Date of Award

12-2009

Degree Type

Dissertation

Degree Name

Doctor of Philosophy

Major

Geology

Major Professor

David B. Finkelstein, Henri D. Grissino-Mayer

Committee Members

Edmund Perfect, Claudia I. Mora

Abstract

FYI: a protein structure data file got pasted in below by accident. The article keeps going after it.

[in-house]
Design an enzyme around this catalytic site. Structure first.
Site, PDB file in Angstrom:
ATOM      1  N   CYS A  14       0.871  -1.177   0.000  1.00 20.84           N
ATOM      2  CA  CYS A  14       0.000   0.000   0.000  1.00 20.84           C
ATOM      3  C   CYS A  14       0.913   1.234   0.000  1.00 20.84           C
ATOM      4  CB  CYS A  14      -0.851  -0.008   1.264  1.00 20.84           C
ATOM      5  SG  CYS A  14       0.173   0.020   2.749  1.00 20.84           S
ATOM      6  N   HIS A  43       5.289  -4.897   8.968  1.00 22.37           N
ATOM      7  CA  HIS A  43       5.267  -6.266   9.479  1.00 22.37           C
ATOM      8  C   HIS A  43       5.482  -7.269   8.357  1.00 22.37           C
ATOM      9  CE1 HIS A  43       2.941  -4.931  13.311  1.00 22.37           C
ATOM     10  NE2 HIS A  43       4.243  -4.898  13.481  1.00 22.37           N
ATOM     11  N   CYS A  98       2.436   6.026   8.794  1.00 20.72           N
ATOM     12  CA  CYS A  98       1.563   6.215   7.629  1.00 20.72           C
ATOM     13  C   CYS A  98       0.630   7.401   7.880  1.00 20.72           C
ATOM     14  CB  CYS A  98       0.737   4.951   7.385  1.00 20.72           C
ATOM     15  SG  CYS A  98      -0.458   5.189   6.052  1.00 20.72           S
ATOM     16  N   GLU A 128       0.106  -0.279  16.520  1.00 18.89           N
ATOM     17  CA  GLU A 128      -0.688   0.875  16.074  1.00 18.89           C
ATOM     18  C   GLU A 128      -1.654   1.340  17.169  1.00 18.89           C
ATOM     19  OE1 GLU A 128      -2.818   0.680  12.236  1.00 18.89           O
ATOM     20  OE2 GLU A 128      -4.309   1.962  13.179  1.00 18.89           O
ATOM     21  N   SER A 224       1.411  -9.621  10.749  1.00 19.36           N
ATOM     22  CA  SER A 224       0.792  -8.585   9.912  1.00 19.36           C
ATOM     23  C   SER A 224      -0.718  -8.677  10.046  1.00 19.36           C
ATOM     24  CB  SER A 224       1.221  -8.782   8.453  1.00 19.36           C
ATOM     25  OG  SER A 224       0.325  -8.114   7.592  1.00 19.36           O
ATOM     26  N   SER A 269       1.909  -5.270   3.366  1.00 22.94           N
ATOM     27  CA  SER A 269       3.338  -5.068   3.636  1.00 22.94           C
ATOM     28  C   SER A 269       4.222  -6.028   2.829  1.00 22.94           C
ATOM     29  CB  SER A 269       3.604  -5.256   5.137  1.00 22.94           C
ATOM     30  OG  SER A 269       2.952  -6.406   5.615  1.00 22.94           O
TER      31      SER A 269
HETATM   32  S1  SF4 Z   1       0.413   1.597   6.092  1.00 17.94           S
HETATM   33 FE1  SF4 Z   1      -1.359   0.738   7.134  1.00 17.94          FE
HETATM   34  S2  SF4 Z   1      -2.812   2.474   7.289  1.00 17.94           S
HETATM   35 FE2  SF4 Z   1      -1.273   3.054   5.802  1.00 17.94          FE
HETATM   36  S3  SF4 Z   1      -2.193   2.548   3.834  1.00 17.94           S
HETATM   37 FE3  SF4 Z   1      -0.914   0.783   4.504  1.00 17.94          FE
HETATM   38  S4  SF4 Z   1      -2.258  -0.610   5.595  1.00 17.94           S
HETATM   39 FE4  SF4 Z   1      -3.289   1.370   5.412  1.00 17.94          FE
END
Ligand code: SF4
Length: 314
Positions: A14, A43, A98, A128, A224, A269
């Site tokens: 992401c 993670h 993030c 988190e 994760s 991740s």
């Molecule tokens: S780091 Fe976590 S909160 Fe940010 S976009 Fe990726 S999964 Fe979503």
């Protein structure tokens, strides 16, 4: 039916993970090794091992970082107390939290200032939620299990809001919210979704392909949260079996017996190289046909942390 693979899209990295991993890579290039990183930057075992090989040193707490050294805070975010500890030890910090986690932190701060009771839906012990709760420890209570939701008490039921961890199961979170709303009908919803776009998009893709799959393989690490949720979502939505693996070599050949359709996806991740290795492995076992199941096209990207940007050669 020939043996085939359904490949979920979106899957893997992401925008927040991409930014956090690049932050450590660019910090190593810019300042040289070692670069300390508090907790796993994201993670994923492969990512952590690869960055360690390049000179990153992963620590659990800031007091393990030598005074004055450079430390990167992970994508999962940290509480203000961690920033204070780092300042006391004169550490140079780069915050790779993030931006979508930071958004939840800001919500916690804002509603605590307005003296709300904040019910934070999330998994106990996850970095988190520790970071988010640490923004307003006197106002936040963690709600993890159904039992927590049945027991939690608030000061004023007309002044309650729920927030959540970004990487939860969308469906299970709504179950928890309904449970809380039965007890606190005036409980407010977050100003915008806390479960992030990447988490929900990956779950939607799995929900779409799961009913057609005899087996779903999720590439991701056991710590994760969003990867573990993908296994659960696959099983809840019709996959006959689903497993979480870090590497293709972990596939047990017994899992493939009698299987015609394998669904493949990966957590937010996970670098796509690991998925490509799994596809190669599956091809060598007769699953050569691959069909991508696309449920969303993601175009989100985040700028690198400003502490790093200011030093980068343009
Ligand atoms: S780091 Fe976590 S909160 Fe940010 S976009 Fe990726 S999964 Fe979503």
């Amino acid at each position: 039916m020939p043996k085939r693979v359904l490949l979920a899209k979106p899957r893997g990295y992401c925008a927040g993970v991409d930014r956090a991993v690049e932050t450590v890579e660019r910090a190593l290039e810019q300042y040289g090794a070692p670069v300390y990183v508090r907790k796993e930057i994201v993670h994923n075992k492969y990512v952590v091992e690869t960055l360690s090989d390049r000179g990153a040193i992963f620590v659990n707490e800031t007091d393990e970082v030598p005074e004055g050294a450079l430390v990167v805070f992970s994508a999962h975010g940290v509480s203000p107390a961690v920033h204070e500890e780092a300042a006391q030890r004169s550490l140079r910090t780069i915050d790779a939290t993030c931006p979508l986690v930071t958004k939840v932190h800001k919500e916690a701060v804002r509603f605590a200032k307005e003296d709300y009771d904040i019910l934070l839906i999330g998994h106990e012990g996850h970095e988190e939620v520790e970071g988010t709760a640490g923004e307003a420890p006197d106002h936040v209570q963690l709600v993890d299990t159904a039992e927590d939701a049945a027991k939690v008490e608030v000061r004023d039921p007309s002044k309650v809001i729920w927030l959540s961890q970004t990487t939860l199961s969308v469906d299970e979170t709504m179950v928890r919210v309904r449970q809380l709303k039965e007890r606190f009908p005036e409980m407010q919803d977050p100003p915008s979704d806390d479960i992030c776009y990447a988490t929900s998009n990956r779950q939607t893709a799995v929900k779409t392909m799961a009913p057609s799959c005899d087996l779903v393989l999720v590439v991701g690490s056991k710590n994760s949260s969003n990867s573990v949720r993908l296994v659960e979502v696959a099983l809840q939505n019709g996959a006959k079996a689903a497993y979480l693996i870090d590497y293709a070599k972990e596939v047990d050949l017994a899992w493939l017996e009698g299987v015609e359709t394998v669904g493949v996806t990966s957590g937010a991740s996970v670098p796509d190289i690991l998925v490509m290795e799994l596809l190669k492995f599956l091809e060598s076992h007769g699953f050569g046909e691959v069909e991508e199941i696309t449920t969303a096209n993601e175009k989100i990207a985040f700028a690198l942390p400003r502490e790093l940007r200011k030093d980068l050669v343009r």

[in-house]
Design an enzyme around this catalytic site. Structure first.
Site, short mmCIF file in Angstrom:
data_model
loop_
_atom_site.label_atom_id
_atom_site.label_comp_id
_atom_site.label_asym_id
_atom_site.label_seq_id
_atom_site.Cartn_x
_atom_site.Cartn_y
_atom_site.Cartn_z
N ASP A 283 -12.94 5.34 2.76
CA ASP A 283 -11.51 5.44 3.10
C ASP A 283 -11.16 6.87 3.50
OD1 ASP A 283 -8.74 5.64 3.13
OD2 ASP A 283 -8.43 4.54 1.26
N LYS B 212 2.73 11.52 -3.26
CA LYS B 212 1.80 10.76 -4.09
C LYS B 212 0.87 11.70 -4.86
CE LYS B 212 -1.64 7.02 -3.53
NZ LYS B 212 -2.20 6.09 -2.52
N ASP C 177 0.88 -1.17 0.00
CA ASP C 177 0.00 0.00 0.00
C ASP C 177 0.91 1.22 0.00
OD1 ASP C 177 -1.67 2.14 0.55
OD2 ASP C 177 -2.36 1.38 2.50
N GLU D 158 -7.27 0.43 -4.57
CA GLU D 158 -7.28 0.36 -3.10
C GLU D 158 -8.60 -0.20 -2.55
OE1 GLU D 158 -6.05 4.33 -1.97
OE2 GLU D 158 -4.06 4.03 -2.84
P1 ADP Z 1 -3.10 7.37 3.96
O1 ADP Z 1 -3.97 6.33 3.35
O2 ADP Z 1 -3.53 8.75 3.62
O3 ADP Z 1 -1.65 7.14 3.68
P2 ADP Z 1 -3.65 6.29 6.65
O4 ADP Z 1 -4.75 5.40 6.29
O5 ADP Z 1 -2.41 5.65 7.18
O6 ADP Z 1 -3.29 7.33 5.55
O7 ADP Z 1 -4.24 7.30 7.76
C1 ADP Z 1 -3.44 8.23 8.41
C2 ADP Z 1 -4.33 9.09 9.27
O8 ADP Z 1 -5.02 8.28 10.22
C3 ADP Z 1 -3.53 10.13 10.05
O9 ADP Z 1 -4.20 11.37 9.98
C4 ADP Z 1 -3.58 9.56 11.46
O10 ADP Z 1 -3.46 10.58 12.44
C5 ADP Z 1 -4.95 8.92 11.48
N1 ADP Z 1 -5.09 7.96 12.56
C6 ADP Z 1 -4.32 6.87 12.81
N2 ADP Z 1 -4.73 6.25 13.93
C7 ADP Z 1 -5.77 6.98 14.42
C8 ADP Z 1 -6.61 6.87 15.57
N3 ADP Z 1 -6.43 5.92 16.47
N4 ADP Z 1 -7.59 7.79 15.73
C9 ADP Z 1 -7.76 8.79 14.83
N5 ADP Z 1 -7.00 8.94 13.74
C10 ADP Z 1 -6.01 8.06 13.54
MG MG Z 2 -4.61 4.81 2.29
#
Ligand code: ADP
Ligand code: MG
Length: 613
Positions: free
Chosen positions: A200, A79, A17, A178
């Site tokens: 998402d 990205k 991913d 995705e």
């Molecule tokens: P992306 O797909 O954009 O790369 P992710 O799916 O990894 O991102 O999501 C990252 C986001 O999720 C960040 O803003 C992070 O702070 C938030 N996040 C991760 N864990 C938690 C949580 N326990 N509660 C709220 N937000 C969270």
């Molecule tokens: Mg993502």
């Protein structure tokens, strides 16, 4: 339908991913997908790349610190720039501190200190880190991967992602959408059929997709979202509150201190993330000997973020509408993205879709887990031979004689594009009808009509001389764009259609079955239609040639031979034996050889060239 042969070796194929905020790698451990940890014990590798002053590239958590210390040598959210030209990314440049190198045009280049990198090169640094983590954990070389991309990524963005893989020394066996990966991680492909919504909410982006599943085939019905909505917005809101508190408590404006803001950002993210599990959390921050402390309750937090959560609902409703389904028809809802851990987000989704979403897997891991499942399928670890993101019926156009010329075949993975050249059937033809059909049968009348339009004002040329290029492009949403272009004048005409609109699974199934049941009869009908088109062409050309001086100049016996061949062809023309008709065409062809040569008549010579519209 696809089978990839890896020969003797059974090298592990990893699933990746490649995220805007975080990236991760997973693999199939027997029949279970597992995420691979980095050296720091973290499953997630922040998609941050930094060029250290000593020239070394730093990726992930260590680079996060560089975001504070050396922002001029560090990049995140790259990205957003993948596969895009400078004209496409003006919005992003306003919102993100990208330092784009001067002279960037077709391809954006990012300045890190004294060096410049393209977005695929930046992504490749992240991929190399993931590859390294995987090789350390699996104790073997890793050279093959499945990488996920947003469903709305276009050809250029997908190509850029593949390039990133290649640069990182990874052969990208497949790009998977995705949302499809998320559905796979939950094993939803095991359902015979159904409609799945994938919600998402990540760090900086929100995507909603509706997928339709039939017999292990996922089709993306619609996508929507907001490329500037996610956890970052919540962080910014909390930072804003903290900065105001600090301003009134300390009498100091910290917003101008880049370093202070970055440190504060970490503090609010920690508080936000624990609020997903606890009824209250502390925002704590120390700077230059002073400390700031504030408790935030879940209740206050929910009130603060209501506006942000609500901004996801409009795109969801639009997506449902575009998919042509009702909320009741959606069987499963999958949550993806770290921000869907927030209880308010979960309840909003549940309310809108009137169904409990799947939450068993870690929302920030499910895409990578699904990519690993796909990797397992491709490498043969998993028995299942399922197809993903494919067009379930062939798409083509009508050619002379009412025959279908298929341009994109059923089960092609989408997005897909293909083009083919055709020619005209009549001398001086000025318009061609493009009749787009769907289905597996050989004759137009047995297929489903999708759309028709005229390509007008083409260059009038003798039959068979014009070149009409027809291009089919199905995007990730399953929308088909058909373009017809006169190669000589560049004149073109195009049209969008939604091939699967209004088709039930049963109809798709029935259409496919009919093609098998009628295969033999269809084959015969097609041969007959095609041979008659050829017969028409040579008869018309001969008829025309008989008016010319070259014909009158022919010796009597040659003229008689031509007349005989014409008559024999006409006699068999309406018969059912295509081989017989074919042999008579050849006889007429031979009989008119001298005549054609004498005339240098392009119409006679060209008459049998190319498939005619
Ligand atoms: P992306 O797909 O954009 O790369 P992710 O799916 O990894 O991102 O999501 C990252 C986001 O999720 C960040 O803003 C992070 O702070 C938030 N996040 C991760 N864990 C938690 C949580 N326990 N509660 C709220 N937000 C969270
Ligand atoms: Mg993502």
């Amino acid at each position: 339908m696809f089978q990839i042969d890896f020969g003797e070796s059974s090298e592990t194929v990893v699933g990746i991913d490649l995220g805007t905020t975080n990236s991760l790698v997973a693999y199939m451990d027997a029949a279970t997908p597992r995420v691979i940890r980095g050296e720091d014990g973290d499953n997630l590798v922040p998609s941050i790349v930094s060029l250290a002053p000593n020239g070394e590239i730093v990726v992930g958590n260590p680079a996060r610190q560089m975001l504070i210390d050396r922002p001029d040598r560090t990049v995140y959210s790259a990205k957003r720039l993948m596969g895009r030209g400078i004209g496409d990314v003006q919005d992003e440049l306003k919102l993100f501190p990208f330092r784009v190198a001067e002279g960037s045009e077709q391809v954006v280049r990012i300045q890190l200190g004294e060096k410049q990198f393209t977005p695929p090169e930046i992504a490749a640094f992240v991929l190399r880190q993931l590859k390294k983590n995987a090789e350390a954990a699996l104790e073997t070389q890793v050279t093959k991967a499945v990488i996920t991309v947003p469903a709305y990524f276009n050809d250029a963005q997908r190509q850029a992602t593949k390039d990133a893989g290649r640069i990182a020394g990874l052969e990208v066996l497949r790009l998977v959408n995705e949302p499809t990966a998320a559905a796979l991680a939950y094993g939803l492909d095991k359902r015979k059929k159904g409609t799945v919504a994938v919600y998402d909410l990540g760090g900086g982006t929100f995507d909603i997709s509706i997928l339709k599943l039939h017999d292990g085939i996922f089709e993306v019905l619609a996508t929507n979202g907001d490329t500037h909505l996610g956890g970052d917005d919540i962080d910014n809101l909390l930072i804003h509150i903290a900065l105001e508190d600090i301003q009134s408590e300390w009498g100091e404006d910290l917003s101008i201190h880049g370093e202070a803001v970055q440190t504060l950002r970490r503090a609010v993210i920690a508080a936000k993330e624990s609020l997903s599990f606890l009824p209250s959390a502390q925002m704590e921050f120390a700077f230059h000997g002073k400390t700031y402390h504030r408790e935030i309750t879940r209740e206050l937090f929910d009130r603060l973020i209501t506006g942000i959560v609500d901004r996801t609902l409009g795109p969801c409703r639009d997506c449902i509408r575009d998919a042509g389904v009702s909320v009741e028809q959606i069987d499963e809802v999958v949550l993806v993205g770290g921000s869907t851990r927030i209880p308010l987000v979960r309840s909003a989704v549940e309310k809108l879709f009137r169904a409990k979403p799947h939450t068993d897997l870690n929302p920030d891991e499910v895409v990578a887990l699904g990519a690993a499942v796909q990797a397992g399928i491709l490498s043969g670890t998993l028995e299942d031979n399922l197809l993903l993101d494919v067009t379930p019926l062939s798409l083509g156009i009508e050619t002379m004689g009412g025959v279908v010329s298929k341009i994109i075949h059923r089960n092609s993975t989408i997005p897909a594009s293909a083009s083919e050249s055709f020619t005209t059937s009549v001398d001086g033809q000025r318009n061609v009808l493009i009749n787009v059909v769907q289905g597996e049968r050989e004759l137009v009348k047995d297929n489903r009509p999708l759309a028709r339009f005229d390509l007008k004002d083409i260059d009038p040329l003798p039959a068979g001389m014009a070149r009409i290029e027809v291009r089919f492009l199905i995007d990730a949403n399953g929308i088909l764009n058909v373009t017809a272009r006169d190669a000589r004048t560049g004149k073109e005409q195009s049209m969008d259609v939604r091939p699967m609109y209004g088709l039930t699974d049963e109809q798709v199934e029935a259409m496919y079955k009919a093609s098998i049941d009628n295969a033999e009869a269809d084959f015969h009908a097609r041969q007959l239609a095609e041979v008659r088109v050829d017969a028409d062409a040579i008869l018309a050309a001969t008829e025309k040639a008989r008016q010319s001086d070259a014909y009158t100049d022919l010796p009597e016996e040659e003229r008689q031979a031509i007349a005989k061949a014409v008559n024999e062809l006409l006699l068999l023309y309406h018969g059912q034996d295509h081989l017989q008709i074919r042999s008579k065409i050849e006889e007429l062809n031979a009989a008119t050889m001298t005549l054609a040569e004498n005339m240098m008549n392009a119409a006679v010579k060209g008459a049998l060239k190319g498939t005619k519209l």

Trees are excellent archives of paleoclimatic information. They can preserve records of past temperature, precipitation, drought, and extreme weather events. The focus of this dissertation is to use tree ring width, carbon isotopes, oxygen isotopes from multiple trees to characterize climate variability and the tree-ring tropical cyclone record. Living longleaf pine trees (Pinus palustris Mill.) were sampled from the Turkey Creek and Big Sandy Creek Units at Big Thicket National Preserve, Texas. Annual tree rings were measured and assigned yearly calendar dates. The latewood portion of each annual ring was shaved with a scalpel, and alpha-cellulose was extracted for carbon and oxygen isotopic analyses. Oxygen isotope records from both sites indicated that individual trees growing in the same stands could vary significantly from each other. The heterogeneity of tree-ring oxygen isotopes was driven by variability in the oxygen isotope composition of soil moisture used for tree growth. Average oxygen isotope chronologies from both sites yielded significant correlations with regional fall (August–October) precipitation (Turkey Creek r = –0.71, p < 0.001; Big Sandy Creek r = –0.62, p < 0.001) and z-index (Turkey Creek r = –0.69, p < 0.001; Big Sandy Creek r = –0.63, p < 0.001). An average carbon isotope chronology from Big Sandy Creek was also significantly correlated with fall precipitation (r = – 0.59, p < 0.001) and z-index (r = –0.57, p < 0.001). Individual trees at both sites did not always record similar tropical cyclone events. A composite tropical cyclone chronology from Turkey Creek identified 58% (7 of 12) of the storms known to have produced rainfall at the site. The Big Sandy Creek composite chronology identified 65% (8 of 12) known storms. Wetter than average years that followed dry years were found to mimic the oxygen isotopic signal associated with tropical cyclone events. Additionally, dry years masked the tropical cyclone signal so that it could not be recorded in tree rings.

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